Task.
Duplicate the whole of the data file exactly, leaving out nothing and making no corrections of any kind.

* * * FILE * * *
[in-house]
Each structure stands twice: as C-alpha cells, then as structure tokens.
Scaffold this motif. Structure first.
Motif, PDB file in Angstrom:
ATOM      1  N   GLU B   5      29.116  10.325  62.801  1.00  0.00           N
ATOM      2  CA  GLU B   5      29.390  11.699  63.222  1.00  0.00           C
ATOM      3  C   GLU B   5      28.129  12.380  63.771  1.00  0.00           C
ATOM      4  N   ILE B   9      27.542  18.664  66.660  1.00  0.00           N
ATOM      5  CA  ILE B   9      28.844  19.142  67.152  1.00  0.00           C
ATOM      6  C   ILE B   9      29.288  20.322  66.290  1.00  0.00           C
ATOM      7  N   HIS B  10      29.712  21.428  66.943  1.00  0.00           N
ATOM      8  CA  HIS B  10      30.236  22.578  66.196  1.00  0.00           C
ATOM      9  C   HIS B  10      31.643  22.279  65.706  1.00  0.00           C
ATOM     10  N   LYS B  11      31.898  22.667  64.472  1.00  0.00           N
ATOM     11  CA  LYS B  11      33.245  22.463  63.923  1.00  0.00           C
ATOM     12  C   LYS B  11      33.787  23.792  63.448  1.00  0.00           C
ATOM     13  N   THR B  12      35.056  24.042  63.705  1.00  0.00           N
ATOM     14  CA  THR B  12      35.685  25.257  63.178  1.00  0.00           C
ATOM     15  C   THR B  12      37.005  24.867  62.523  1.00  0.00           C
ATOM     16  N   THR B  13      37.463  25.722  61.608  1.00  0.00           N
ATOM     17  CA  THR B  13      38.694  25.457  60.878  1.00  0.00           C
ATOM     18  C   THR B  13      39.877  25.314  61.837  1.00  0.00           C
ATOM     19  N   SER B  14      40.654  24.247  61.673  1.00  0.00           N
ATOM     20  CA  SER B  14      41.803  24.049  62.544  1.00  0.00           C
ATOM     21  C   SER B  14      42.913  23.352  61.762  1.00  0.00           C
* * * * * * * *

[in-house]
Each structure stands twice: as C-alpha cells, then as structure tokens.
Scaffold this motif. Structure first.
Motif, PDB file in Angstrom:
ATOM      1  N   GLU B   5      29.116  10.325  62.801  1.00  0.00           N
ATOM      2  CA  GLU B   5      29.390  11.699  63.222  1.00  0.00           C
ATOM      3  C   GLU B   5      28.129  12.380  63.771  1.00  0.00           C
ATOM      4  N   ILE B   9      27.542  18.664  66.660  1.00  0.00           N
ATOM      5  CA  ILE B   9      28.844  19.142  67.152  1.00  0.00           C
ATOM      6  C   ILE B   9      29.288  20.322  66.290  1.00  0.00           C
ATOM      7  N   HIS B  10      29.712  21.428  66.943  1.00  0.00           N
ATOM      8  CA  HIS B  10      30.236  22.578  66.196  1.00  0.00           C
ATOM      9  C   HIS B  10      31.643  22.279  65.706  1.00  0.00           C
ATOM     10  N   LYS B  11      31.898  22.667  64.472  1.00  0.00           N
ATOM     11  CA  LYS B  11      33.245  22.463  63.923  1.00  0.00           C
ATOM     12  C   LYS B  11      33.787  23.792  63.448  1.00  0.00           C
ATOM     13  N   THR B  12      35.056  24.042  63.705  1.00  0.00           N
ATOM     14  CA  THR B  12      35.685  25.257  63.178  1.00  0.00           C
ATOM     15  C   THR B  12      37.005  24.867  62.523  1.00  0.00           C
ATOM     16  N   THR B  13      37.463  25.722  61.608  1.00  0.00           N
ATOM     17  CA  THR B  13      38.694  25.457  60.878  1.00  0.00           C
ATOM     18  C   THR B  13      39.877  25.314  61.837  1.00  0.00           C
ATOM     19  N   SER B  14      40.654  24.247  61.673  1.00  0.00           N
ATOM     20  CA  SER B  14      41.803  24.049  62.544  1.00  0.00           C
ATOM     21  C   SER B  14      42.913  23.352  61.762  1.00  0.00           C